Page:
I build bicycle frames and they all get protected inside with Amsoil Heavy Duty Metal Protector, which is very similar to Frame Saver. The frames sit in the stand overnight to dry and he excess coating drips down and puddles in the bottom bracket. I just wipe the excess away with a rag and have never concerned myself with having it in the bottom bracket threads. Its just a wax coating and won't hurt anything. I can't even imagine what kind of harm someone could think it would do.
Can't imagine? Can't even imagine?? Well, it could --

It could...

It could keep the bottom bracket from corroding into the frame, so the next time you need to replace the bottom bracket, with that waxy stuff in the interface, it could take an hour or two instead of giving you six weeks without a usable bike. That would deprive you of a chance to go buy another bike!

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Old 03-09-22, 09:15 AM
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Originally Posted by pdlamb View Post
Can't imagine? Can't even imagine?? Well, it could --

It could...

It could keep the bottom bracket from corroding into the frame, so the next time you need to replace the bottom bracket, with that waxy stuff in the interface, it could take an hour or two instead of giving you six weeks without a usable bike. That would deprive you of a chance to go buy another bike!

So now you have no reason to give the missus for the N+1 bike 😢
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Old 03-09-22, 09:34 AM
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Originally Posted by Anfieldtramp View Post
So now you have no reason to give the missus for the N+1 bike 😢
Just curious.
I have never even held in my hands a brand new bare frame. Having the BB threads and shell faces chased with a proper BB alignment tool is an acceptable practice and just as important as dropout alignments. Has this been done on your frame?
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Old 03-09-22, 11:24 AM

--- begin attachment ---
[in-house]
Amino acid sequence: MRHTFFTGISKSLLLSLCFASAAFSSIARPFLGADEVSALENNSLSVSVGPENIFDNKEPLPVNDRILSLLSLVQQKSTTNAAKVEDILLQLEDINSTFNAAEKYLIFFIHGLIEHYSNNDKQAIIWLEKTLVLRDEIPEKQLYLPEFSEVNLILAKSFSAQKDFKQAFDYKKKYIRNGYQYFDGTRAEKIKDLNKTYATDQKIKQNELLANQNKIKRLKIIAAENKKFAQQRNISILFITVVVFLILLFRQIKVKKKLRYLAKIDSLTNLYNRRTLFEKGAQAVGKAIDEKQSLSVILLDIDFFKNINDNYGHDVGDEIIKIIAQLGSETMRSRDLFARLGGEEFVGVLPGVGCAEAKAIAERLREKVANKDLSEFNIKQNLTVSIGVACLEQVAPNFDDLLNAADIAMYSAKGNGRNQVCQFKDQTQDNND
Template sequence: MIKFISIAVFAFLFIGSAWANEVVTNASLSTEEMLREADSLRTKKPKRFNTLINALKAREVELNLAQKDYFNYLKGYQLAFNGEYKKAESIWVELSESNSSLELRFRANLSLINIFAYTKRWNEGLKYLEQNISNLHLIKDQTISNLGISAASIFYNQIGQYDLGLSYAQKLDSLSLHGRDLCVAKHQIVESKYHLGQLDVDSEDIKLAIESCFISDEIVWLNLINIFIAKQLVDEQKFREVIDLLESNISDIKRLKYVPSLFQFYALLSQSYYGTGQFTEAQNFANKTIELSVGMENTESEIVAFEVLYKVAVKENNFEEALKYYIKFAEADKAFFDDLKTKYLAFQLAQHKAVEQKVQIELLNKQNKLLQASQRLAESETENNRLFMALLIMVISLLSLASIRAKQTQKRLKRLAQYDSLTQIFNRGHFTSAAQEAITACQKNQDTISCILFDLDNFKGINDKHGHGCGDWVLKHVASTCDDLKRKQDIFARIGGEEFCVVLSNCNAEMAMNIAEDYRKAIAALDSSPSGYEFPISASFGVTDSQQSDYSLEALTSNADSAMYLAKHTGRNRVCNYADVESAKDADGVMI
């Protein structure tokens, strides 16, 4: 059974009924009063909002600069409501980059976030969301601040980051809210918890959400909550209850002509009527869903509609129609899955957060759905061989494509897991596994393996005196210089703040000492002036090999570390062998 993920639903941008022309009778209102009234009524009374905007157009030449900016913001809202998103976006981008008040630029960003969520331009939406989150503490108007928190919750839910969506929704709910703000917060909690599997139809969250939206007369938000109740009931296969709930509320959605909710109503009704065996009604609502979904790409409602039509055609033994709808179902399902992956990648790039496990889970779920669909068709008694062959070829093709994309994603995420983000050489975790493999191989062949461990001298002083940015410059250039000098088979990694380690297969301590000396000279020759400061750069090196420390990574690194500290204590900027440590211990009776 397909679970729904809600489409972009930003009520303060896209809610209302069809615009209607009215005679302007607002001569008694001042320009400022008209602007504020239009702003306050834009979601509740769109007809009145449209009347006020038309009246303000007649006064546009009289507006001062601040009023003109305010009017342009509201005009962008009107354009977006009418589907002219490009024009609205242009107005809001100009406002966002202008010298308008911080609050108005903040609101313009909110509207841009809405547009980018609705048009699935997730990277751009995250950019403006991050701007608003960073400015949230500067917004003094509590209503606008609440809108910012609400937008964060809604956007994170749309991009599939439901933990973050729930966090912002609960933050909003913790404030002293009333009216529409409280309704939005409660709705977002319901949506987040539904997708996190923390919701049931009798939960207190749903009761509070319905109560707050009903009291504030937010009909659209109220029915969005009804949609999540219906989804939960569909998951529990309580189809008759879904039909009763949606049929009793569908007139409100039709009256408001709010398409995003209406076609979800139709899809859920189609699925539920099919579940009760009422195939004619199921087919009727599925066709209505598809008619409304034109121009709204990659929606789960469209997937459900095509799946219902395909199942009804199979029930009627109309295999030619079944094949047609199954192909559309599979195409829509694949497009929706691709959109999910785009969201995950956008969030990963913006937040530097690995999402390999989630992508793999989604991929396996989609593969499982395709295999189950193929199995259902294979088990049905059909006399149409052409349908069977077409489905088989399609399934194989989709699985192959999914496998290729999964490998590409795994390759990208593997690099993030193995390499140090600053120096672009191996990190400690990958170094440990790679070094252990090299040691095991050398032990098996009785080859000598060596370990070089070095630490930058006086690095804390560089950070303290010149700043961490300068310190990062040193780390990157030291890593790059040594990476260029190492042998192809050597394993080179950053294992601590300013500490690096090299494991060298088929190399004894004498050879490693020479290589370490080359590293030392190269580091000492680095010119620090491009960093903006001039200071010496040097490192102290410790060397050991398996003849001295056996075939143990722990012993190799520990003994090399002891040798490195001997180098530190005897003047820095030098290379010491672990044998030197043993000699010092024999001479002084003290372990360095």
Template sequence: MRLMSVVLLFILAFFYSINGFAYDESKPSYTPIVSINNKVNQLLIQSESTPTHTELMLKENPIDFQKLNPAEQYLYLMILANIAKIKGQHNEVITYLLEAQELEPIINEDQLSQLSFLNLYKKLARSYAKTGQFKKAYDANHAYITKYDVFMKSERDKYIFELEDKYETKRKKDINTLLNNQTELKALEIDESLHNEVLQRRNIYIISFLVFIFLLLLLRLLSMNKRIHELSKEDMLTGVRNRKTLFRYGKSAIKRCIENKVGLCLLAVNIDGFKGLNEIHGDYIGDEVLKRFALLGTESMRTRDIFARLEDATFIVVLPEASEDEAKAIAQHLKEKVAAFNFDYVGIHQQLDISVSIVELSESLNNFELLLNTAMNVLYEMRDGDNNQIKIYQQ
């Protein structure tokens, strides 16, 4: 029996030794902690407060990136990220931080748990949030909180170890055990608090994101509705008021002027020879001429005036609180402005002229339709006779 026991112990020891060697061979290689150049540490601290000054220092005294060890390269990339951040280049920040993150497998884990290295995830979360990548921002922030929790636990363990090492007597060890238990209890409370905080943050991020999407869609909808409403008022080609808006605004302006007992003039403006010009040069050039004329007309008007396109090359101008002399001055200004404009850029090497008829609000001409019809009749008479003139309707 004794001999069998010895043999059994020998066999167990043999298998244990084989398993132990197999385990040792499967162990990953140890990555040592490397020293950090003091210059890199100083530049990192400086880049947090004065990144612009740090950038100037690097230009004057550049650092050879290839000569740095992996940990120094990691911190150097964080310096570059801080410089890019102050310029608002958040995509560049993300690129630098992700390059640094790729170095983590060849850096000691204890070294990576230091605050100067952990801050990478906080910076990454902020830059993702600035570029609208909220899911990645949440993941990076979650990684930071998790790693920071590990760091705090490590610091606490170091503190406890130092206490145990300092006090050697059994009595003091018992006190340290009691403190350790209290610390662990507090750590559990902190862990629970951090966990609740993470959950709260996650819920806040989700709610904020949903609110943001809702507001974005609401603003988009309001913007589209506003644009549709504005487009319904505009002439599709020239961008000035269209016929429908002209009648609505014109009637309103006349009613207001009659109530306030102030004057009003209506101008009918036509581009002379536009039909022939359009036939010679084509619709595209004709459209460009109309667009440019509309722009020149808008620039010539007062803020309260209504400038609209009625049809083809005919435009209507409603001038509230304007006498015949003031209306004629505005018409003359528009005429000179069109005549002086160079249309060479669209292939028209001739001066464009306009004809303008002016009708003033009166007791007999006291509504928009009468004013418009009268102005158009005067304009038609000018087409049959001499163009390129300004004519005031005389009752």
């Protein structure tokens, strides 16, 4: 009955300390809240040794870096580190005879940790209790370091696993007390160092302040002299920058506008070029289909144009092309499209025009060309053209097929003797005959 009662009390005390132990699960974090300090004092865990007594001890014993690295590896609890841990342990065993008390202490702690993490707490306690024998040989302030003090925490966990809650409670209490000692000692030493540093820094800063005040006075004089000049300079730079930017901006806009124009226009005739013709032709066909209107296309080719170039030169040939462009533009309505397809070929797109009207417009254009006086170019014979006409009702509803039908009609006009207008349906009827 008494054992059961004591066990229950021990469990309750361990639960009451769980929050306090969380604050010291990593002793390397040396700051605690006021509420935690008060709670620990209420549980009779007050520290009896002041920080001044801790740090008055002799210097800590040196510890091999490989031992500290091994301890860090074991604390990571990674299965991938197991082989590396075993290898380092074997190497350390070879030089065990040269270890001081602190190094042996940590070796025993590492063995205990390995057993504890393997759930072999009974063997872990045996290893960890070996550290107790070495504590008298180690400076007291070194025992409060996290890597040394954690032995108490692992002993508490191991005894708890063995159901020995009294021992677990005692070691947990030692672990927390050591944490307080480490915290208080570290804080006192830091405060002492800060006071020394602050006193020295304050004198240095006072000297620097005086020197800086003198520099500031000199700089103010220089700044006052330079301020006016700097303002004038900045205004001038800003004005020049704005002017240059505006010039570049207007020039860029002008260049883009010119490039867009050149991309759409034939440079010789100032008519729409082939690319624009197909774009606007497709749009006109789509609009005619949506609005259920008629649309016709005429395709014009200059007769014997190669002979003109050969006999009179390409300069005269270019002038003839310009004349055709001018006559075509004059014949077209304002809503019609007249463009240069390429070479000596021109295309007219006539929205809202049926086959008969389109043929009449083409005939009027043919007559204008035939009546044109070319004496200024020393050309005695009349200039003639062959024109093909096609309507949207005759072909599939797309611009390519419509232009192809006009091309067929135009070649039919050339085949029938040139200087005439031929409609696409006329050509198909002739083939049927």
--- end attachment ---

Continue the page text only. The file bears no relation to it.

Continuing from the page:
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Originally Posted by Anfieldtramp View Post
thanks for this! Will try this over the weekend
Before I did the toothbrush treatment, I would just grease the threads and see if the BB cups go in easily. They probably will but if you encounter too much resistance, back them out and clean the threads. SImple.
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Old 03-09-22, 11:33 AM
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My less than scientific approach: I'd simply grease the threads with a generous amount of marine grease (the stuff from auto parts stores for boat trailer hubs), screw in the BB and forget about it. Can't imagine that unscrewing it is going to require much more force than going on even if it's 10 years or more.

Yes, if I had to fight to screw the cups in, I'd back them pout and re-think this but till then ...
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Old 03-09-22, 11:51 AM
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Originally Posted by 3alarmer View Post
...I have treated many frames internally with Rustoleum corrosion inhibitor, which leaves an oily deposit on the interior surfaces. It usually gets on the threading of the BB shell. I have honestly never thought about it as problematic. The only conceivable thing it might do in that spot that would present a problem might be if it somehow interfered with the threading enough to inhibit cup and spindle installation. Which it never has, IME.

If the frame is Italian or French threaded, I usually install the fixed cup using Loctite, if it's an old school cup and cone loose bearing BB. For that to work, you need a cleans threaded surface. So for those, I clean it with acetone oor mineral spirits before installation. Unless it's something like that, I wouldn't worry much about it.
For French threads, I used to grip the right cup in a bench vise and spin the frame. They make great, huge and powerful! wrenches. Does require good, square edges on the vise jaws. Mine now are way too beat up but I'ce stuck to English the past 40 years.
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Old 03-09-22, 09:33 PM
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Originally Posted by FBOATSB View Post
Just curious.
I have never even held in my hands a brand new bare frame. Having the BB threads and shell faces chased with a proper BB alignment tool is an acceptable practice and just as important as dropout alignments. Has this been done on your frame?
i intend to let my LBS do just that!
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Old 03-09-22, 10:41 PM
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Just wipe the threads with a rag before you grease them to install the bottom bracket.

You cannot possibly have hurt the bottom bracket threads, jeez. I hope all the ridiculous nonsense responses were jokes.